Popcom steps up ’family planning’ amid virus crisis

The Commission on Population and Development (POPCOM) has intensified family planning and responsible parenthood programs as the COVID 19 crisis is feared to cause poverty-worsening, economy-debilitating population boom.

A historically observed social phenomenon, a population boom has been noted to follow a crisis. Regardless of the reasons behind this trend, POPCOM said it had taken measures to strengthen its family planning programs and distribution of contraceptives.

“We saw in the past during the lifetime of our parents or grandparents the significant increase in birth rate after a major adverse event,” according to Dr. Juan Antonio Perez III, POPCOM Executive Director.

“This is the reason why family planning is even more important during our current COVID-19 crisis.”

Dr. Perez stressed the importance of family planning during his participation in a live Facebook session organized by Bayer Philippines. The online channel, Ask Mara PH, intends to provide relevant information to women about reproductive health and contraceptive options.

“While it is more difficult now to provide important information about family planning and reproductive health issues, we appreciate initiatives such as Ask Mara where people can just log on to ask questions about these topics and get answers right away," said Dr. Perez.

According to Dr. Perez, POPCOM gives priority to communities vulnerable to further socio-economic deterioration as a result of unplanned pregnancies.

He said: “Nearly one-third of a typical Filipino household budget is used up to cover the cost of pregnancy. It leads to many families having to do with less because they have more mouths to feed. This has an aggregate impact in the economy.”

POPCOM brought its Family Planning programs to their target communities during the lockdown when people were compelled to stay at home.

“The government continues to reach out to families through its dedicated health workers,” added Dr. Perez. “Even in this pandemic, health services like family planning should continue because life goes on.”

According to a survey by the government's Philippine Statistics Authority, three out of every 10 pregnancies are unplanned or unintended.

The United Nations Population Fund also reported that even if some 214 million women worldwide wanted to avoid pregnancy, they risked getting pregnant.

This is due to lack of access to Family Planning methods or absence of support from partners and communities. Similarly, the National Demographic and Health Survey shows roughly one in 10 women aged 15-19 have begun childbearing and 17 percent of women aged 15-49 want to practice FP but do not have access to said FP methods.

This hinders women to reach their full potential to contribute more for themselves and their families, according to POPCOM.

Meanwhile, the United Nations through the United Nations Population Fund (UNFPA) and the Philippines, through POPCOM, stressed that sexual and reproductive health and rights, including Family Planning was a fundamental right of every human being and that it is a major step toward breaking the cycle of poverty—both for women and their families and for the countries where they live.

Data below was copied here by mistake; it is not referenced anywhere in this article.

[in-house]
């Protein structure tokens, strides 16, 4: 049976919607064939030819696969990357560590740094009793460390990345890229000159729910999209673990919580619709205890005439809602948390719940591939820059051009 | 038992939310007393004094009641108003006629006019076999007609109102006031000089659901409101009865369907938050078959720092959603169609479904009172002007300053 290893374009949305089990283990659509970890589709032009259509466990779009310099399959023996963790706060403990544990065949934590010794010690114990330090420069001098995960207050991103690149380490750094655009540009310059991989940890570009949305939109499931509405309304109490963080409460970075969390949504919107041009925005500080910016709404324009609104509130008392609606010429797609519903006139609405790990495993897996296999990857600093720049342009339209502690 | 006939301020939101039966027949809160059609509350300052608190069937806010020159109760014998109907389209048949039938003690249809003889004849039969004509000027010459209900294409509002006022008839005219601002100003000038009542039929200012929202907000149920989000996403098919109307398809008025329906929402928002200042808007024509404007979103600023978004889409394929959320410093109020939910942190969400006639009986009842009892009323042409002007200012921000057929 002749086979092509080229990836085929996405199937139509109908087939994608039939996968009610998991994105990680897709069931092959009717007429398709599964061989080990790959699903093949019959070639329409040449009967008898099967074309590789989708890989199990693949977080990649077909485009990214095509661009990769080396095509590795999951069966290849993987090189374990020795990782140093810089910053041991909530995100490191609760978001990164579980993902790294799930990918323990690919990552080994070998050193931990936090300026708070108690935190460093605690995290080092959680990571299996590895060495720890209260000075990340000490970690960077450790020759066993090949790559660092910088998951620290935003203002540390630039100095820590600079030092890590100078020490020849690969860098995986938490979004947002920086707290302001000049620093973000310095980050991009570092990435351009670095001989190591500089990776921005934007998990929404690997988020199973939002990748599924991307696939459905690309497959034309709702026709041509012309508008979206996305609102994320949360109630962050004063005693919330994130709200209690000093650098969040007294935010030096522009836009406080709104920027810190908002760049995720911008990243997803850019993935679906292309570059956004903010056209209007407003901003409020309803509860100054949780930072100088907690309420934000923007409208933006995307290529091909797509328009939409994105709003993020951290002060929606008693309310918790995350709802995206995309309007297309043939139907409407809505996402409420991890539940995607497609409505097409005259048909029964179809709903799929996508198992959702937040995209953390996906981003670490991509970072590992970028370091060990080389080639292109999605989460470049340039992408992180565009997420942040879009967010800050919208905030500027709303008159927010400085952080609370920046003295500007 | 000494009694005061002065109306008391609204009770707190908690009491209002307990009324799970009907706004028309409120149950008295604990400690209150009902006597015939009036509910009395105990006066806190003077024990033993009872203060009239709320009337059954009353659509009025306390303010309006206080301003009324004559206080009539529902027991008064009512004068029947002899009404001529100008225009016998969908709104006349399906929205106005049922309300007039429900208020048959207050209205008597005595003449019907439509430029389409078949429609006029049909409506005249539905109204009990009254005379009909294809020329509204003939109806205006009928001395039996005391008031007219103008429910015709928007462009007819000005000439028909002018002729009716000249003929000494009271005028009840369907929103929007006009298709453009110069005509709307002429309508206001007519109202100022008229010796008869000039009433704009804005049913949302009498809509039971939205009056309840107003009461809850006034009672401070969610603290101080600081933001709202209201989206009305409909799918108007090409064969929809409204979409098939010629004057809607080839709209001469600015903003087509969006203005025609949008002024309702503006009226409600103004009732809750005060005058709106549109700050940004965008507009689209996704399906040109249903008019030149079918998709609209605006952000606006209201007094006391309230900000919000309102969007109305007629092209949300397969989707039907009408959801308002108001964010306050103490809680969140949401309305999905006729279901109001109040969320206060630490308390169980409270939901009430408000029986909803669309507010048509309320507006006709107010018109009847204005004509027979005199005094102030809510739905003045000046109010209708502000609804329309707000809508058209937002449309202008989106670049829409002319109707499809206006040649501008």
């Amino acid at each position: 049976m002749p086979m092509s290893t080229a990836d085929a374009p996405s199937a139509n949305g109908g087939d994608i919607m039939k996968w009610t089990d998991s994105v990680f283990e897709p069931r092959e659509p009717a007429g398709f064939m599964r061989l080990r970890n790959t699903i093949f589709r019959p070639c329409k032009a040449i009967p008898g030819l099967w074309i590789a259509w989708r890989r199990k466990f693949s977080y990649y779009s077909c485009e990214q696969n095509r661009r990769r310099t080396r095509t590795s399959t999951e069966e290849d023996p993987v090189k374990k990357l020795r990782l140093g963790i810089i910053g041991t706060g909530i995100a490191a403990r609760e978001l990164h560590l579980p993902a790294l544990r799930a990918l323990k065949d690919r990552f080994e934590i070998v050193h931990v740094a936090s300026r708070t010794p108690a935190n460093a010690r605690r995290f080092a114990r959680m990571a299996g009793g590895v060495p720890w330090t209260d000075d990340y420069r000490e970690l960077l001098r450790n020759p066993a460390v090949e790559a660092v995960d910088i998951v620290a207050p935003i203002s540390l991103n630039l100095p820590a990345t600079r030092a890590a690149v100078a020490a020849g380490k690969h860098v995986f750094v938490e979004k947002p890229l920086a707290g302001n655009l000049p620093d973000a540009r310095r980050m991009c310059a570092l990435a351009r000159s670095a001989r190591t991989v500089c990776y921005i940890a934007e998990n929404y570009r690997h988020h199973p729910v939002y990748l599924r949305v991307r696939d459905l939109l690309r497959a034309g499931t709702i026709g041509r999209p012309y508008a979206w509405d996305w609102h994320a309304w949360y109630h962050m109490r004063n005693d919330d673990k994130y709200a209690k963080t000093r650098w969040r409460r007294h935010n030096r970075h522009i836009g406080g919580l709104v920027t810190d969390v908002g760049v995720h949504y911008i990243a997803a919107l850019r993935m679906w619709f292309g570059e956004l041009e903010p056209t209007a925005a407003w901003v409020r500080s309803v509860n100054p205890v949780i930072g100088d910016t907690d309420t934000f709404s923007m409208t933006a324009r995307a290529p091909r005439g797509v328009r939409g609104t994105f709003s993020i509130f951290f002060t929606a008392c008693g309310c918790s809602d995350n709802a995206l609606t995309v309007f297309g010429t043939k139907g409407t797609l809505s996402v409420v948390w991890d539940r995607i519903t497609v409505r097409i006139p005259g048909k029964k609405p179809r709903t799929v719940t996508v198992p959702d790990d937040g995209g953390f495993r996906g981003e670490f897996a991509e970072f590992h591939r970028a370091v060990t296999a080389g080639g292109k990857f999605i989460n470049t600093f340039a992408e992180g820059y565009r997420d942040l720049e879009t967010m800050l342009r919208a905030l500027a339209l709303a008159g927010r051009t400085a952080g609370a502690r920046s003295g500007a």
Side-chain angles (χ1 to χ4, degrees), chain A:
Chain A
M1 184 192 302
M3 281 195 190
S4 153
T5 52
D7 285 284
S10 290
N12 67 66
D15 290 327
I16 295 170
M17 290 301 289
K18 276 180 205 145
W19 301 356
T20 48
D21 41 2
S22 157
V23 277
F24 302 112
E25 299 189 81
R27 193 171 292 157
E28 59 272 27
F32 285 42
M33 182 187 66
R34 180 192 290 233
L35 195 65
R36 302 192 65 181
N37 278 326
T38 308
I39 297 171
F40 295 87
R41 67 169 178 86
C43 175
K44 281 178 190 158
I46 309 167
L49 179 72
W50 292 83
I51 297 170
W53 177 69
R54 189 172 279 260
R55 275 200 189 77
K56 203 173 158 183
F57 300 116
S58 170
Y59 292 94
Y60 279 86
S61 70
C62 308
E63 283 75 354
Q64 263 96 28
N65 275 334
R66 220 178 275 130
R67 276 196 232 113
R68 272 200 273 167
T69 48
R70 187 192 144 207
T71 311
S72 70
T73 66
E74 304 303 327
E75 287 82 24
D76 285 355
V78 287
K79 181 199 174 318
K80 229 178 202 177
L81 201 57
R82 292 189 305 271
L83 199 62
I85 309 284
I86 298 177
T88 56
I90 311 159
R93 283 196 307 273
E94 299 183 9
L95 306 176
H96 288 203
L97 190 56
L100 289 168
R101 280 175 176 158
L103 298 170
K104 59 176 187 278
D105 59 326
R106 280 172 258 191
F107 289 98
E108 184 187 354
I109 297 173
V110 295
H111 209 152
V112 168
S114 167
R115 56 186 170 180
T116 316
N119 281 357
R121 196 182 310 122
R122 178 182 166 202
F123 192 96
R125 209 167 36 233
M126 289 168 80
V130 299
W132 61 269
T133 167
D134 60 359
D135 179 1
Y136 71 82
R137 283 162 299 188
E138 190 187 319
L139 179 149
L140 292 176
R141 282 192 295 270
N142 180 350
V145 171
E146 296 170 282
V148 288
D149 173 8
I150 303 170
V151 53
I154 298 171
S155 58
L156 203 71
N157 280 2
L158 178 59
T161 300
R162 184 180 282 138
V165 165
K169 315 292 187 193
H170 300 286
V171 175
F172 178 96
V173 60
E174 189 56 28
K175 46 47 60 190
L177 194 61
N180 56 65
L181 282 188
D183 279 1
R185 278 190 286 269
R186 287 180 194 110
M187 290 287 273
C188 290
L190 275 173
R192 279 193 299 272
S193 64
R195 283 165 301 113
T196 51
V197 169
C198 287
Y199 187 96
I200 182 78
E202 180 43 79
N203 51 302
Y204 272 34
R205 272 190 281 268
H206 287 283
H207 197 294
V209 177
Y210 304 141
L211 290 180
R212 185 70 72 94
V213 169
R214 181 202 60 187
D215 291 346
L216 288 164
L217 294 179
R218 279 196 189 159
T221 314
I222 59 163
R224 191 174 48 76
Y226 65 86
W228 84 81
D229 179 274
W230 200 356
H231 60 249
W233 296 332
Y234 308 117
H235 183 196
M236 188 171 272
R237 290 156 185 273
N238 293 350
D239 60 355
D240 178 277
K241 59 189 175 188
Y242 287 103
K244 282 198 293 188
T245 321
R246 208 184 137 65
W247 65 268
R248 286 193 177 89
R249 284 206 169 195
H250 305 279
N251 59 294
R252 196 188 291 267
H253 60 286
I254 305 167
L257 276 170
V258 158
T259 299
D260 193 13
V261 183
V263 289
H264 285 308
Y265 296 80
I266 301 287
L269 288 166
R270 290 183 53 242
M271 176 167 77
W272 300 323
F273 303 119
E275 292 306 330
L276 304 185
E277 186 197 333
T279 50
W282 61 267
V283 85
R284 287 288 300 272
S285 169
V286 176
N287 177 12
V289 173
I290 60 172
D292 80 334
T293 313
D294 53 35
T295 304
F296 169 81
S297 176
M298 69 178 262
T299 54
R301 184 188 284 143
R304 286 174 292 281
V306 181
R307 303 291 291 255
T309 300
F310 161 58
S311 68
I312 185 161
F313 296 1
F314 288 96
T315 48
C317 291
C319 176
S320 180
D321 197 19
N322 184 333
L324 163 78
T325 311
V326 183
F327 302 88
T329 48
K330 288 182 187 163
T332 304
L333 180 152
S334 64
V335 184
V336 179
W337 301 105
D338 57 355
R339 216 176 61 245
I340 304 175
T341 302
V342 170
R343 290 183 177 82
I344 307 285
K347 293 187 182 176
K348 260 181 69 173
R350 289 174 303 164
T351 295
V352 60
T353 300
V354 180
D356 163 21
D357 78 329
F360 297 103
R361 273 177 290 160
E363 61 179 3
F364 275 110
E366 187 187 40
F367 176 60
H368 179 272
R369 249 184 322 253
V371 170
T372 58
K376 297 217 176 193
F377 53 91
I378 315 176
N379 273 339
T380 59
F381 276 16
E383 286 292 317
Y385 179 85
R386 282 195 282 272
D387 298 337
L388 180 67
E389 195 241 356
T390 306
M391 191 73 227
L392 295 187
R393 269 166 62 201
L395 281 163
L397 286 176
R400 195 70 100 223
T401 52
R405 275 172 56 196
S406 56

In support of the UN’s Sustainable Development Goal on good health and well-being, Bayer announced its sustainability target of enabling family planning for 100 million women in low and medium-income countries by 2030.

This includes a recent appointment of an independent sustainability council to examine the progress made by Bayer in the implementation of its sustainability targets and oversee the advancement of social innovations.

While COVID 19 crisis requires non-pharmaceutical intervention, and minimum health standards such as social distancing and proper hygiene, POPCOM said it was giving more attention to areas based on population density.

“Out of 42,000 barangays, we analyze based on population density and availability of facilities,” said Dr. Perez. “We work with barangays and mayors, and we share our recommendations on vulnerable areas that should be given more resources to maintain health services.”

Even if health services are made available to those in need, Dr. Perez added that it still boiled down to responsible parenthood. “Before thinking about raising a family, the couple must think through a lot of considerations.

Based on their earning capacity and increasing cost of living, how many children can they provide for? How would they ensure the best for their children—physically, mentally, and spiritually?”

POPCOM has established help lines to provide more support through information sharing and guidance.

They have people manning the stations almost 24/7 to answer questions on family planning, adolescent sexuality, COVID-19, and even gender-based violence. They are available in Metro Manila and in POPCOM’s regional offices and details are found in their website and Facebook page.

Topics: Commission on Population and Development , parenthood programs , family planning , COVID 19
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